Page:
WHAT DO WE NEED IN ORDER TO REST WELL?
HOW CAN WE OPEN UP SPACE FOR OTHERS TO REST WELL?
▼ scroll ▼The work of caring for societies starts with caring for ourselves and each other. Rest is as essential to our communities as it is to our bodily health, and it is under constant threat from neoliberal pressures that demands constant work in order to justify individual life. Meaningful rest intervenes in that current: it offers a necessary break, however short-lived, from the daily rhetoric that says you need to work, earn money, do do do despite a global pandemic – climate crisis – ongoing systemic oppression based on race, class, and immigration status – economic downturns – mass unemployment – housing precarity – hyper police state – mental health needs – illness - and so on...
Finding rest may involve building communities of care that nurture shared moments of leisure, listening, and togetherness. It may mean taking a day off from work if possible, or asking others for help, or creating ways to recharge. (Sometimes, finding rest may mean noticing how the ways you move through the world may make you complicit in systems of oppression.) And, we need not work alone – we can do this together, in solidarity.
Rest is a necessary aspect of life and a collective responsibility. Each of us has a role in ensuring that all of us have space, time and invitation to rest. And, our needs and access to rest vary based on intergenerational as well as day-to-day circumstances. Folks may be facing everything from midnight worries to family demands, health challenges, insufficient income, housing precarity, and any number of stressors compounded by intersecting and often systemic injustices. Let's meet each other where we are, tune into each others' needs for rest, and seek ways to make rest possible for everyone.
We hope this portal serves as a nudge and a nest for rest in this very moment, as we are, together.
▼ scroll ▼We are honored to share stories, books, articles, conversations, memories, and somatic impressions that have provided valuable inspiration in developing a collective rest practice. We celebrate alternative modes of inquiry from anecdotal storytelling, movement research, and other media and practices alongside more academically typical books and articles, acknowledging the complex and very human traditions of rest that inspire us.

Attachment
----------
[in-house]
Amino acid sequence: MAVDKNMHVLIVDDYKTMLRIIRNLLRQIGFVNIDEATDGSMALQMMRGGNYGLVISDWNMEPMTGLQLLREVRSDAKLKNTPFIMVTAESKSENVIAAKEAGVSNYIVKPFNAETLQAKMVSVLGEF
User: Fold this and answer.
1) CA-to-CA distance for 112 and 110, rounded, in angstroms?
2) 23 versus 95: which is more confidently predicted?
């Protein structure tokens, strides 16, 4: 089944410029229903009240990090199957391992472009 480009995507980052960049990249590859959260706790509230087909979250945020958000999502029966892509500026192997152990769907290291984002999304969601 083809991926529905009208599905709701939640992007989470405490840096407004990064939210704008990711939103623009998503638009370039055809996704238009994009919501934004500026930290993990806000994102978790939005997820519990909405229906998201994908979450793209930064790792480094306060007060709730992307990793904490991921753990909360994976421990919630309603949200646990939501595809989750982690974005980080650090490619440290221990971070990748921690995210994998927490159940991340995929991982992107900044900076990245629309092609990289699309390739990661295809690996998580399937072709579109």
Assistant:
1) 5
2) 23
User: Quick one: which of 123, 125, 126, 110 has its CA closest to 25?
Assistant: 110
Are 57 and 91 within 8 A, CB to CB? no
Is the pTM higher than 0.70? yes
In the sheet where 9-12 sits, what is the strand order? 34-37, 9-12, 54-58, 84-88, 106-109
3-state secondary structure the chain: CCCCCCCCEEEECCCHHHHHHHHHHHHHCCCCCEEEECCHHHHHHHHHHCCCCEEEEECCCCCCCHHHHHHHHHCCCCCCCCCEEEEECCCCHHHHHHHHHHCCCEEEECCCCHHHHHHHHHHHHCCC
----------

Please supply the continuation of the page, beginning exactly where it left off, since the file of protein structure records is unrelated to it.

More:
Passionflower is a nervine. Make tea with its vines to help support your nervous system, release tension and induce good sleep
“One of the few memories I have before migrating across the pacific was resting in my grandparent’s house. I would spend whole afternoons in the south-facing room, lying on my back as one or two of the mothers or family friends gossiped while rhythmically patting my stomach with their knowing hands, worn from decades of chores. Nowadays it’s become a healing memory I revisit often to remind my body what it feels like to be held communally, outside of capitalistic expectations.”
“Rest is Resistance.” The Nap Ministry by Tricia Hershey
How To Do Nothing: Resisting the Attention Economy by Jenny Odell
Daily eye massages we would do in elementary school
“Every evening, after coming home from work, my mom would drop all her bags onto the couch and then go upstairs to take off her bra and work clothes. She wouldn’t talk to anyone until she had changed into her comfortable clothes. I would usually follow her to her room and I can still see her there, standing next to her bed, doubling her arm back behind her body to unsnap her bra, and then pulling it off through the armpit holes of her shirt and flinging it onto the floor. Later in the evening, she would always tell us she was going to bed, but her light would stay on for an hour or two while she would read. Propped up with a few weirdly shaped pillows, with her book resting on her thighs. My dad would fall asleep next to her with the light on, while she continued to read. Often I would curl in next to her, with my own book, and we would read together until 11 pm or midnight even. Then she’d turn the light off and kiss me on the farhead. My mom always told me that she learned to read so much from her mother. So, I’m realizing, reading is my body’s rest lineage.”